Governor Announces New Training Initiative to Transition Veterans into Advanced Manufacturing
Governor Terry McAuliffe today announced that the Commonwealth Center for Advanced Manufacturing (CCAM) has launched a new advanced manufacturing training program for active duty soldiers preparing for the civilian workforce and veterans who have recently transitioned to civilian life. The program is a collaboration amongst the Virginia Tobacco Indemnification and Community Revitalization Commission, the Southern Virginia Higher Education Center (SVHEC), Southside Virginia Community College (SVCC), the Crater Regional Workforce Investment Board (Crater WIB), the Virginia Employment Commission (VEC), the Fort Lee Soldier for Life Program and 180 Skills, an online career and technical education curriculum provider.
Speaking about today’s announcement, Governor McAuliffe said, “This new workforce program for active duty soldiers and veterans is an outstanding example of the power of public and private partnerships to drive state and regional workforce solutions that will help build the new Virginia economy. CCAM and our institutions of higher education in Southern Virginia have collaborated to establish short term, intensive training that creates opportunities for high-value certifications and job interviews upon completion.”
“This is exactly the type of workforce solution that the Governor called for in Executive Order 23,” said Secretary of Commerce and Trade Maurice Jones. “By working together as a team, state and regional partners are delivering these ‘Credentials to Compete’ for well-paying, available jobs. By offering the training to active duty soldiers in the months preceding their transition from the service, the program offers our soldiers a seamless transition from active duty status to civilian employment.”
The pilot program is located at SVCC’s Emporia Center. The program includes 162 modules of customized, interactive online learning and 260 hours of project-based hands-on training in advanced manufacturing principles and practices. The instruction will prepare soldiers and veterans for as many as six highly marketable National Institute for Metalworking (NIMs) certifications.
“Keeping the military’s talent pool of transitioning soldiers in Virginia and primed for high-demand manufacturing jobs is exactly the type of training CCAM and the Virginia Tobacco Commission had in mind when the Centers of Manufacturing Excellence were established,” said Dr. Betty Adams, Executive Director of the SVHEC.
“SVCC is excited about the opportunity to host this innovative pilot program,” said Dr. Al Roberts, President of SVCC. “The success of this effort is in large part due to the collaborative efforts of statewide partners who have shared their time, expertise and resources.”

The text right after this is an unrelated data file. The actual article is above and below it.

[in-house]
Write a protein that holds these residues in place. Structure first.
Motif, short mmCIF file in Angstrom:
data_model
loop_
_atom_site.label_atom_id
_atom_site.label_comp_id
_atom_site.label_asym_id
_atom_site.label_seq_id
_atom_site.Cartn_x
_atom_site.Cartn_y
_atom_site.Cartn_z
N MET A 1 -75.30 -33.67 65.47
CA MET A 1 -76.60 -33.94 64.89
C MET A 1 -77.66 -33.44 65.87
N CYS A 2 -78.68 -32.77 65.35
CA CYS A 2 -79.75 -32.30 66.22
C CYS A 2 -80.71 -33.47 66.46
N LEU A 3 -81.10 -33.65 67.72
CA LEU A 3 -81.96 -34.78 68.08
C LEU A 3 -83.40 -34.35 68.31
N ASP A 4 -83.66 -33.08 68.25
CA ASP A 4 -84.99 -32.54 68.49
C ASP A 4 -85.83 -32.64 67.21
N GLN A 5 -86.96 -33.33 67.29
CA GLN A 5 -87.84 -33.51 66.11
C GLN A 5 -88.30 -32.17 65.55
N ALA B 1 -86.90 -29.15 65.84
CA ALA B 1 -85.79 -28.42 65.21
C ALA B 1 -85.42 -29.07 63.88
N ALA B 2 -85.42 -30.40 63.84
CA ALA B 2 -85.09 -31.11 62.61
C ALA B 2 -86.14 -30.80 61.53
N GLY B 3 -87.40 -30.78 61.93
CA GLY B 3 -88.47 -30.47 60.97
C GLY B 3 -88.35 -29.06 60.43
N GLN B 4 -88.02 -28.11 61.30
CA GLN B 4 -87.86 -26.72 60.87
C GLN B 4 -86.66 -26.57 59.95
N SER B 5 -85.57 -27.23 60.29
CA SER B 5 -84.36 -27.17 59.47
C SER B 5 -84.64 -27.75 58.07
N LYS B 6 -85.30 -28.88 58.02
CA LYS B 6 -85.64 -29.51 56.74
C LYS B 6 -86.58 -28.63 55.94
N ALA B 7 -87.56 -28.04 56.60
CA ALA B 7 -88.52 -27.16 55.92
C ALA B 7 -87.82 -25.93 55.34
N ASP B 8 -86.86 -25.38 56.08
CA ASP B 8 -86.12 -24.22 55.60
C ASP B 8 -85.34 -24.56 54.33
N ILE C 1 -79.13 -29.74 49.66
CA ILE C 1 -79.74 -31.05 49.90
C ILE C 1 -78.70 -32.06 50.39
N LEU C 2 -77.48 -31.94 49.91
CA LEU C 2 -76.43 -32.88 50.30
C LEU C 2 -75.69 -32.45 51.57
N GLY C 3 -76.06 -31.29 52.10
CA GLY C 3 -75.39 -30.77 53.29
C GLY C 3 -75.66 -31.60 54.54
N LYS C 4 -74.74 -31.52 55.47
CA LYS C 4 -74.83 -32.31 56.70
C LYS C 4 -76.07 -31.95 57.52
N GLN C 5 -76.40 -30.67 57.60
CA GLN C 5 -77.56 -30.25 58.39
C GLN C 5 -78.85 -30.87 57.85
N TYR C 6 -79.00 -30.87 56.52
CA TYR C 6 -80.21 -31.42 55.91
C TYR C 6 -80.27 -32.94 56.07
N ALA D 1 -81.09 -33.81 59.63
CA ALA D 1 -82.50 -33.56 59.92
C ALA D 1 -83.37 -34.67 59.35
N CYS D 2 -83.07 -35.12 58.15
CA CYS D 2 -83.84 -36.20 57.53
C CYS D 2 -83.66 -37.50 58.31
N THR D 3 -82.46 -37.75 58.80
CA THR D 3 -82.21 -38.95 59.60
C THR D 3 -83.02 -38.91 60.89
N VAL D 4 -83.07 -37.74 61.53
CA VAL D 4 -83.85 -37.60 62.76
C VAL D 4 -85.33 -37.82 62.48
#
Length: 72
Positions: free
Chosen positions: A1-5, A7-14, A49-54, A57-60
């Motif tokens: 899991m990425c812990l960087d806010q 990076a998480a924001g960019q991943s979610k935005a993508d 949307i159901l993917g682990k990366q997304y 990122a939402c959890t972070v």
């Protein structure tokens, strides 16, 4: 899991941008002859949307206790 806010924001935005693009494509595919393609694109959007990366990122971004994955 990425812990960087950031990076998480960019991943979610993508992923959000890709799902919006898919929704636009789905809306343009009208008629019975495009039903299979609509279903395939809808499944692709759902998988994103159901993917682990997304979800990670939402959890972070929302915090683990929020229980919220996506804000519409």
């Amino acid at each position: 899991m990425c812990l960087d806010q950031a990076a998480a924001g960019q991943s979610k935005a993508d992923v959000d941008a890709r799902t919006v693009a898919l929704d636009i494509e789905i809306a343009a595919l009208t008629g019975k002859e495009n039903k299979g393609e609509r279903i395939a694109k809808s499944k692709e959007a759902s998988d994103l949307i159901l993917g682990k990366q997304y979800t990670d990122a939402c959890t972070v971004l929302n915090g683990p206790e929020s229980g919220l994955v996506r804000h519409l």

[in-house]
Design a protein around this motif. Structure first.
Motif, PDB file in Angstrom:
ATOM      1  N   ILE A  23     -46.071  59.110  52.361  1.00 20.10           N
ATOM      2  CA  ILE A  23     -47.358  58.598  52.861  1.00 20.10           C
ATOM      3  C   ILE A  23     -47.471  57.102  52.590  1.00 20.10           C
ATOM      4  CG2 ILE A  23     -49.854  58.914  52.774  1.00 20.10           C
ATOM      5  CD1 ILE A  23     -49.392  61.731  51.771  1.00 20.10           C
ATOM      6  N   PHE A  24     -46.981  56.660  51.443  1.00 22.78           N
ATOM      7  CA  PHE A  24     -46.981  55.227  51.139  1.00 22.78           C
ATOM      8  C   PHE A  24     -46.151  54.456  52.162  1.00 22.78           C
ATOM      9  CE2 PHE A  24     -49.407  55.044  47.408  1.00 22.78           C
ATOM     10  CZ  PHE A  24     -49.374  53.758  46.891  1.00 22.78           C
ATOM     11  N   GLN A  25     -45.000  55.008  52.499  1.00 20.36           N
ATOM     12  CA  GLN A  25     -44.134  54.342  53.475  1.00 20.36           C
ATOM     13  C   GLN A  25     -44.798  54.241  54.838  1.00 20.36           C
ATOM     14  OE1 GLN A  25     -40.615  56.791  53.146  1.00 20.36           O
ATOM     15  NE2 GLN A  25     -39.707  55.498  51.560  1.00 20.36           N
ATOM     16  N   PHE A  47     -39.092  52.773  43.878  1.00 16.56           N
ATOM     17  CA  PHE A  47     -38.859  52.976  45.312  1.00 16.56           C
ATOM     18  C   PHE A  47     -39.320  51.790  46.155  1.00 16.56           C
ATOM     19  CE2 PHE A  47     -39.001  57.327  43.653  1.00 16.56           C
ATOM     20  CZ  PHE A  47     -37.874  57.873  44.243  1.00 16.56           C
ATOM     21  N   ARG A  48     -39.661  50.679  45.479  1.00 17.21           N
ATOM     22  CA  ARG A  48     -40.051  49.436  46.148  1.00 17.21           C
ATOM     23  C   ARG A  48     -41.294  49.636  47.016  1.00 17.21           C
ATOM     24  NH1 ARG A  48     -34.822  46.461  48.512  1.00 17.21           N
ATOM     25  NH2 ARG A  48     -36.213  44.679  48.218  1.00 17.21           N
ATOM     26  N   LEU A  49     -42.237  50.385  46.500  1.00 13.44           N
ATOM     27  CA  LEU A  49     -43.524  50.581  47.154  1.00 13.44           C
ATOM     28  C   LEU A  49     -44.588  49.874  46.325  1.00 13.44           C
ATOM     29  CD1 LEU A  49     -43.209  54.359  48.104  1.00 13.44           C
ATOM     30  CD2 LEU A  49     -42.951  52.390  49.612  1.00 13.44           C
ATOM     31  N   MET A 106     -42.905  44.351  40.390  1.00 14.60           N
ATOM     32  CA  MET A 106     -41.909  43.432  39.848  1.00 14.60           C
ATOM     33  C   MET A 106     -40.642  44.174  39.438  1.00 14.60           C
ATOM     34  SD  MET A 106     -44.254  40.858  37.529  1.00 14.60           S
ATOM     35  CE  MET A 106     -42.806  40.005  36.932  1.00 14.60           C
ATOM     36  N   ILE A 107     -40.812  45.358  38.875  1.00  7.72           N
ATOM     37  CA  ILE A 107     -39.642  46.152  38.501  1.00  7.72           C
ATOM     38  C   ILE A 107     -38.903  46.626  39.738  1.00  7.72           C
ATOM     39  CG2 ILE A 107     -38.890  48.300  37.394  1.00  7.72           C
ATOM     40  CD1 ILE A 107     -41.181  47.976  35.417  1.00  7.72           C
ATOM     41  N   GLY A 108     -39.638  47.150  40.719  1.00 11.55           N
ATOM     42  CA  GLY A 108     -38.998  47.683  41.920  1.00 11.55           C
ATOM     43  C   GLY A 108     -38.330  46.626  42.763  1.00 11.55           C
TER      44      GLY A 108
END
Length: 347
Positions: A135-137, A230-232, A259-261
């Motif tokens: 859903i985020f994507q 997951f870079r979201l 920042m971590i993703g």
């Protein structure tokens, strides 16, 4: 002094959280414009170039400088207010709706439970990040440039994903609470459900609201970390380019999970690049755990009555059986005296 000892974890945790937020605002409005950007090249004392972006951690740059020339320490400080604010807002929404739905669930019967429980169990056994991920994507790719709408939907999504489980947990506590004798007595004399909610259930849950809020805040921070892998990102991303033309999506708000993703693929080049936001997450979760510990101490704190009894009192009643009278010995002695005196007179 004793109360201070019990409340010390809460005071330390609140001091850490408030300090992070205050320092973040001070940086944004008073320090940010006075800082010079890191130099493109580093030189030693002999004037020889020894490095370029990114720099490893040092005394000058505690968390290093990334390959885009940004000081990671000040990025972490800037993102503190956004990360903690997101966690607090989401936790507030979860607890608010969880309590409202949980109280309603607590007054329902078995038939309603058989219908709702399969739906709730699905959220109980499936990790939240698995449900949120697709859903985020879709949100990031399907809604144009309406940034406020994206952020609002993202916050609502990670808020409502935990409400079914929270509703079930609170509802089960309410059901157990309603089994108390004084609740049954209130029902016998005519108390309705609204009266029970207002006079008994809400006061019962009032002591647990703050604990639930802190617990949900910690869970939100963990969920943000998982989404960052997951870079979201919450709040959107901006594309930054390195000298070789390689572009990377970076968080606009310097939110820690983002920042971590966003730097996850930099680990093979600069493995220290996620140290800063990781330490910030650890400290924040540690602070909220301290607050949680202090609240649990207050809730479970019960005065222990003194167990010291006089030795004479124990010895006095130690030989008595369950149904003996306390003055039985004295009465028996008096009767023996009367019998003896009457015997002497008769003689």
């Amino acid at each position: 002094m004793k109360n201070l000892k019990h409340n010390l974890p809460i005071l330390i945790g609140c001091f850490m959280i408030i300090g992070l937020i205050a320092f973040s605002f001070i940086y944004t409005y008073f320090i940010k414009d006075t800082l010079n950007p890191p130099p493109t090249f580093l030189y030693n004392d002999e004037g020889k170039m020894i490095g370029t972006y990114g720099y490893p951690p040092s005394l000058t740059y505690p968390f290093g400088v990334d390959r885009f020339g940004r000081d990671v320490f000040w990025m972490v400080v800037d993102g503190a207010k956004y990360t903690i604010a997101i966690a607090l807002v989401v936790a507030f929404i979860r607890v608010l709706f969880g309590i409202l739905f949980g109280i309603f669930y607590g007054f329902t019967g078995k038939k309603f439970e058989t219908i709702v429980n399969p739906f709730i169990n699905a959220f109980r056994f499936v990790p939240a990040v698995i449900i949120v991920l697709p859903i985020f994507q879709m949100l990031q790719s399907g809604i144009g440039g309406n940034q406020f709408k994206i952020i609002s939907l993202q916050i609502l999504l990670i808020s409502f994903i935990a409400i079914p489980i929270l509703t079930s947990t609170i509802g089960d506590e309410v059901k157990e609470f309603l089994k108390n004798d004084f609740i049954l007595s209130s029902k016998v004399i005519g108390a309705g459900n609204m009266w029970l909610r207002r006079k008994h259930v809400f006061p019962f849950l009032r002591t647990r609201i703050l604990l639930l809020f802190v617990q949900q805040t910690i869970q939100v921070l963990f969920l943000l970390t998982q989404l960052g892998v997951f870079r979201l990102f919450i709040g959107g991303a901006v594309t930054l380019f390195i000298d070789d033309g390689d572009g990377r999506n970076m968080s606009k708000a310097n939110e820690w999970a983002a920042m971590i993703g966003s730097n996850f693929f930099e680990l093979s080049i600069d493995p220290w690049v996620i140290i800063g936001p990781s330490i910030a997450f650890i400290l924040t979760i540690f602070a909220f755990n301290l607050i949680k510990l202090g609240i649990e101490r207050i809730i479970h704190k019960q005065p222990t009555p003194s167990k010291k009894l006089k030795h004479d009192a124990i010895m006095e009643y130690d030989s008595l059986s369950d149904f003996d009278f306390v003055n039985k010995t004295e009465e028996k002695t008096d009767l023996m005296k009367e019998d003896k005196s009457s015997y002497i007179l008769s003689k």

Virginia Senator Frank Ruff, Chair of the Tobacco Commission’s Education Committee, initially approached CCAM with the idea to train veterans.
“The plan was for the newly established Advanced Manufacturing Centers of Excellence at SVHEC to be utilized to give this highly skilled and disciplined population the necessary tools to ensure a successful transition to civilian life - as well as talent for companies seeking a highly skilled and mature workforce,” said Senator Ruff. “Our military men and women have learned good work habits as they have served our nation. They can provide the same work ethic and problem solving to Virginia's manufacturing employers.”
The Fort Lee’s Soldier for Life Program worked with the VEC to identify a pilot group of transitioning soldiers and veterans to participate. Training is provided at no cost to students or employers, thanks to funding provided by the Crater Regional WIB under the Workforce Innovation and Opportunities Act (WIOA), which is designed to help job seekers access education, training, and support services to succeed in the workplace. More than 15 Virginia manufacturing companies will interview the pilot program graduates when they earn their NIMs certifications in late August.
“Traditional training programs are often taught in 16-week semesters, but Fort Lee soldiers have the unique opportunity to pursue training during the last three months of their enlistment. Creating a condensed certification training program that takes advantage of a time frame when soldiers are still on active duty gives the soldiers greater opportunities to seamlessly transition into the civilian workforce,” said Bruce Sobczak, Workforce Director of CCAM. “Soldiers receive two-and-a-half years of training in approximately five months through a hybrid online and hands-on laboratory program.”
CCAM and its partners plan to use the program as a model for other Virginia regions and nationally. New training locations near other Virginia military installations
will be identified, and a second skills training curriculum in industrial maintenance will be developed.